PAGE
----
17 JeffCo infants died from bed sharing in 2016
SIDS, suffocation, entrapment... all dangers for an infant when they share a bed with an adult. The Jefferson County Coroner's office released disturbing numbers for 2016 on bed-sharing incidents:
17 infants died in total
14 of the babies were in a bed
2 on a couch
1 on a futon mattress
While an infant may sleep better snuggling up to you, mom Kimberly McDougall says at night she always put her baby girls in their own bed.
"I was not willing to get more sleep to risk my baby's life; it wasn't worth it. I have friends and all their kids slept in their beds with no incidence, but I was too worried to do that," explains McDougall.
McDougall opted for a bassinet right next to her bed. Just inches away she could soothe infant without getting out of bed. It was also convenient for nursing. As a working mom she knows what it's like to be exhausted and says she does not judge another mom for her decisions.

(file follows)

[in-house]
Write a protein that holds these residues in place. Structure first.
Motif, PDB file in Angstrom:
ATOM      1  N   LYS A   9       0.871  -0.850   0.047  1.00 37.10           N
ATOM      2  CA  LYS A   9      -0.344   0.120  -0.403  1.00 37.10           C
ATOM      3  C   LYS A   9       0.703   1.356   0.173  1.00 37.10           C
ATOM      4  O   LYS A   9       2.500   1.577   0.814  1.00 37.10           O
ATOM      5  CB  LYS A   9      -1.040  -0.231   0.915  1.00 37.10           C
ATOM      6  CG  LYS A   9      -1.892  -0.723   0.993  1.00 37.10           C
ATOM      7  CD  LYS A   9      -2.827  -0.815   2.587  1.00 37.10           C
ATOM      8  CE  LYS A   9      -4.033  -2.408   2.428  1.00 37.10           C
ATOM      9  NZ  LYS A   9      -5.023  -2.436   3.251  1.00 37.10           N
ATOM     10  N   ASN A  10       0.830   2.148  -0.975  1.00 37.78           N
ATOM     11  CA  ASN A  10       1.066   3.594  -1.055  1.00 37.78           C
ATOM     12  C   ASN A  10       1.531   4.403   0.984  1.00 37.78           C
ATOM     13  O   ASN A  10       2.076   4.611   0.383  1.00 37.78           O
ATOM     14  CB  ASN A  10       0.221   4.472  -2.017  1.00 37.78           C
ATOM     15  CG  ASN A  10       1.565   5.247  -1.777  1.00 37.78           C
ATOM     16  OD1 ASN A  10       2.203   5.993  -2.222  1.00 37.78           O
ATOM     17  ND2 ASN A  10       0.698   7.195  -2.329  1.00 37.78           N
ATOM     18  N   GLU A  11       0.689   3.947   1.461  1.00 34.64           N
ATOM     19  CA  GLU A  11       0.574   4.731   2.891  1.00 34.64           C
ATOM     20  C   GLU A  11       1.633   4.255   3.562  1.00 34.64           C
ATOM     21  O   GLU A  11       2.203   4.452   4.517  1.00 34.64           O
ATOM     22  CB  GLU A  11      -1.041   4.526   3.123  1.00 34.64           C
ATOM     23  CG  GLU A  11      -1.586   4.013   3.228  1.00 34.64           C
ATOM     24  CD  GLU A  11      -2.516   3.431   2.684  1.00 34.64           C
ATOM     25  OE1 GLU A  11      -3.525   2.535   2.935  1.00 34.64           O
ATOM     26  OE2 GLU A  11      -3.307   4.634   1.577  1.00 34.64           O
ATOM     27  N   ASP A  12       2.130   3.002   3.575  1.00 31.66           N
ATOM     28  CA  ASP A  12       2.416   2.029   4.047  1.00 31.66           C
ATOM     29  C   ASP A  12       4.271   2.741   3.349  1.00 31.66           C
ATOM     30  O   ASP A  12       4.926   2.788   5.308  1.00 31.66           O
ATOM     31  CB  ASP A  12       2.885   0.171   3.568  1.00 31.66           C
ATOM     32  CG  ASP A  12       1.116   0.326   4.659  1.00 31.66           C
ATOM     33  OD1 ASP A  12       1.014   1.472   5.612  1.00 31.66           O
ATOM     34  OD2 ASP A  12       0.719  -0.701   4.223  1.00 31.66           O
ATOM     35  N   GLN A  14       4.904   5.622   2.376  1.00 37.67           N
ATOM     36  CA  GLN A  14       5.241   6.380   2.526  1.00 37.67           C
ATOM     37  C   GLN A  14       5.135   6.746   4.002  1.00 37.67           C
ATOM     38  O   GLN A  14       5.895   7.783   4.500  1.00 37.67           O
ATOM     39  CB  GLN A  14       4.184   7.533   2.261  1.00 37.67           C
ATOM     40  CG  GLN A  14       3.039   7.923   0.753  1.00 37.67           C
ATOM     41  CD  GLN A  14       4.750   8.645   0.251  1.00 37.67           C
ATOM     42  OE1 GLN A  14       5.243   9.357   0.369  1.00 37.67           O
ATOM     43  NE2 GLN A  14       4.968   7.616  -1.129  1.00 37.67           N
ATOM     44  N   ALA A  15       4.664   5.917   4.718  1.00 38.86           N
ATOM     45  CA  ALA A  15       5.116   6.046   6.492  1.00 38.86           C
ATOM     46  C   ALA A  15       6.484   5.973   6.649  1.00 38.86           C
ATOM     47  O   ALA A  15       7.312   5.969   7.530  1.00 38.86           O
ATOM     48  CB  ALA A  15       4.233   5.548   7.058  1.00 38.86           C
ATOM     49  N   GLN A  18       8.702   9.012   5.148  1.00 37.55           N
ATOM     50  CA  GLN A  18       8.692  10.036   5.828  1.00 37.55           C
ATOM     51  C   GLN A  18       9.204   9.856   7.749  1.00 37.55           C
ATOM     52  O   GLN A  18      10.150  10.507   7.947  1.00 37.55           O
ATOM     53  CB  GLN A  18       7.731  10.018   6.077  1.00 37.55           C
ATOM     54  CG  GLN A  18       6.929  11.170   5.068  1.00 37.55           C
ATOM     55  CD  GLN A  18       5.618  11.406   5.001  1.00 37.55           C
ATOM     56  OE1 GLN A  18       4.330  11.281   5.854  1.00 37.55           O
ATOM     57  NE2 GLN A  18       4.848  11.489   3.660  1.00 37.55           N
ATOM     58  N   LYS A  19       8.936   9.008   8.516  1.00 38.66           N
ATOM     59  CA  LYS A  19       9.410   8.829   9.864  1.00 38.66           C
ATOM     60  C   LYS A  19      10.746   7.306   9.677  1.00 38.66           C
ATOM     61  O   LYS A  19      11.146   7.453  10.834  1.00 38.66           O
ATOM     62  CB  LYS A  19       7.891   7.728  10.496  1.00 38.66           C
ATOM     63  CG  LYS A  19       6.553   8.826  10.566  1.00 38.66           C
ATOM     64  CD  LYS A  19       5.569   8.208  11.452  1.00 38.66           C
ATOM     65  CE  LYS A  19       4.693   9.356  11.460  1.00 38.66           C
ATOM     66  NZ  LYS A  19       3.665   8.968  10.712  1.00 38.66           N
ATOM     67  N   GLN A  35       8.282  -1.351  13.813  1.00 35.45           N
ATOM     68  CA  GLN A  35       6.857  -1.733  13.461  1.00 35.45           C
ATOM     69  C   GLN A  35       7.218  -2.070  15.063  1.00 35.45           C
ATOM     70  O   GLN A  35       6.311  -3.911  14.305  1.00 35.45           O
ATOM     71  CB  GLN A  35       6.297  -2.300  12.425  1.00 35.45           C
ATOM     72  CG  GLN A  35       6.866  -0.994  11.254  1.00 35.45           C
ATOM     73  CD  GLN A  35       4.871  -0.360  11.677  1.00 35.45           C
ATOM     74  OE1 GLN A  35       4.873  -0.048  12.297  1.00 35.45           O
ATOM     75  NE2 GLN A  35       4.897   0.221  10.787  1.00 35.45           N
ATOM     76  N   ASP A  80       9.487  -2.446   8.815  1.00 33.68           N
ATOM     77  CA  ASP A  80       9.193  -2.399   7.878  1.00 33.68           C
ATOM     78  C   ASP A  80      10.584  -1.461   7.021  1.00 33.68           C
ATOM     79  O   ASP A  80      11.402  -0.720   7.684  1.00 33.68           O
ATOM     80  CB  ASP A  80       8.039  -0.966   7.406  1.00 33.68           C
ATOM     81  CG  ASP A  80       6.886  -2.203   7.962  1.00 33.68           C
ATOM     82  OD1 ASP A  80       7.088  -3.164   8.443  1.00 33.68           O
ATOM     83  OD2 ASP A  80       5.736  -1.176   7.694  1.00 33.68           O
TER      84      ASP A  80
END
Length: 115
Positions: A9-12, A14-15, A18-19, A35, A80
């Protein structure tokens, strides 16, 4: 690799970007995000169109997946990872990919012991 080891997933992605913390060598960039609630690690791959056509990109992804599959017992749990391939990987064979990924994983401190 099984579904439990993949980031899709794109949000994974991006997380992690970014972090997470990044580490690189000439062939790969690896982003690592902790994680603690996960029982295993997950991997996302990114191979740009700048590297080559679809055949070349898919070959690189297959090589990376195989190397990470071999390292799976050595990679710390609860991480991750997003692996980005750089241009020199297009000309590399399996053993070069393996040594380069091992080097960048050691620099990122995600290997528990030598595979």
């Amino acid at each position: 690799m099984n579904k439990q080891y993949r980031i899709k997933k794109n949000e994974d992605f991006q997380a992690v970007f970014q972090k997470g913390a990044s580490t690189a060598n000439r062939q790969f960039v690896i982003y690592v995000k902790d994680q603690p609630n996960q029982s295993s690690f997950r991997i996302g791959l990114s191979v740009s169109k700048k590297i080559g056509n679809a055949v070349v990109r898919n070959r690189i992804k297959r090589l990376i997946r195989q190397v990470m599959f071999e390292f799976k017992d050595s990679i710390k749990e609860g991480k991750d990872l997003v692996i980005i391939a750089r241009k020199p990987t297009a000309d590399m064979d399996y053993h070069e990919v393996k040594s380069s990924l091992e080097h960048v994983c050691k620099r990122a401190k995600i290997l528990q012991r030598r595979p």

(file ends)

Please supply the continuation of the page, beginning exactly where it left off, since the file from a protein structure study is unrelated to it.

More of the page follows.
Doctors strongly warn against bed sharing, especially for infants under six months. Dramatic public service campaigns highlight the danger of rolling over on a baby or accidental suffocation with pillows and blankets blocking the airway.
"The bottom line, a baby shouldn't be sleeping in the same bed with you," advises Dr. Brad Troxler, Director Children's of Alabama's Sleep Lab.
Troxler says new 2016 guidelines encourage parents to keep the baby in the same bedroom, just not in the parent's bed.
Dr. Troxler says infants need their own safe sleep spot. No stuffed animals or big blankets should be in the crib or bassinet. Snug fitting pajamas are all a baby really needs at night. And he reminds parents, babies always need to be put to sleep on their backs.
For more information on safe sleeping for an infant:
The Alabama Department of Public Health does not have a breakdown of statewide numbers for deaths due to bed-sharing or co-sleeping. A spokesperson provided this information:
"The way deaths are calculated in Alabama includes Sudden Infant Death Syndrome (SIDS), Sudden Unexplained Infant Death (SUID), and other sleep related conditions such as strangulation and suffocation.
In 2015, Alabama had 108 sleep related infant deaths. These 108 sleep related deaths accounted for 22 percent of the total infant mortality rate. Eliminating these 108 sleep related deaths would lower Alabama's infant mortality rate from the current 8.3 infant deaths per 1,000 live births to 6.5 infant deaths per 1,000 live births."